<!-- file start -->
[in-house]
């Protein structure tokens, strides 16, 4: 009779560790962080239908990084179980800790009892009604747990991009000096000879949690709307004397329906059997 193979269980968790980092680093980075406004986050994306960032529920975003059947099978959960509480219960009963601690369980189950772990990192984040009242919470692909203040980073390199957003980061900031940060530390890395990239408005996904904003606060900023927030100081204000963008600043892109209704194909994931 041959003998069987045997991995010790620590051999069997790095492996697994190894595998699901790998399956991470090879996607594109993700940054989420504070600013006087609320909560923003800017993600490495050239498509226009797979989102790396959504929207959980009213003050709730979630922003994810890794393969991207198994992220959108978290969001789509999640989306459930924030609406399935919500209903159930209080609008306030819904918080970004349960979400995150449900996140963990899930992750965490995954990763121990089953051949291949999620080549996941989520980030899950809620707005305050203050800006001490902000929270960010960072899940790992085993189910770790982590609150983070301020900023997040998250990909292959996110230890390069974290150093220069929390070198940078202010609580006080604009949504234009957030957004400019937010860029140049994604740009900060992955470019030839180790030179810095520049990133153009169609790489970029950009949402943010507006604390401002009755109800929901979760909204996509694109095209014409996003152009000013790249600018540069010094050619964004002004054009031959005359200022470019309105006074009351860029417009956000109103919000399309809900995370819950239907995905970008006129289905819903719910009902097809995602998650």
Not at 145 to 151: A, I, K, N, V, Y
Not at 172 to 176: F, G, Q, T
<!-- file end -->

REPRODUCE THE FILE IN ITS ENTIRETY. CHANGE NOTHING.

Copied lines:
[in-house]
């Protein structure tokens, strides 16, 4: 009779560790962080239908990084179980800790009892009604747990991009000096000879949690709307004397329906059997 193979269980968790980092680093980075406004986050994306960032529920975003059947099978959960509480219960009963601690369980189950772990990192984040009242919470692909203040980073390199957003980061900031940060530390890395990239408005996904904003606060900023927030100081204000963008600043892109209704194909994931 041959003998069987045997991995010790620590051999069997790095492996697994190894595998699901790998399956991470090879996607594109993700940054989420504070600013006087609320909560923003800017993600490495050239498509226009797979989102790396959504929207959980009213003050709730979630922003994810890794393969991207198994992220959108978290969001789509999640989306459930924030609406399935919500209903159930209080609008306030819904918080970004349960979400995150449900996140963990899930992750965490995954990763121990089953051949291949999620080549996941989520980030899950809620707005305050203050800006001490902000929270960010960072899940790992085993189910770790982590609150983070301020900023997040998250990909292959996110230890390069974290150093220069929390070198940078202010609580006080604009949504234009957030957004400019937010860029140049994604740009900060992955470019030839180790030179810095520049990133153009169609790489970029950009949402943010507006604390401002009755109800929901979760909204996509694109095209014409996003152009000013790249600018540069010094050619964004002004054009031959005359200022470019309105006074009351860029417009956000109103919000399309809900995370819950239907995905970008006129289905819903719910009902097809995602998650």
Not at 145 to 151: A, I, K, N, V, Y
Not at 172 to 176: F, G, Q, T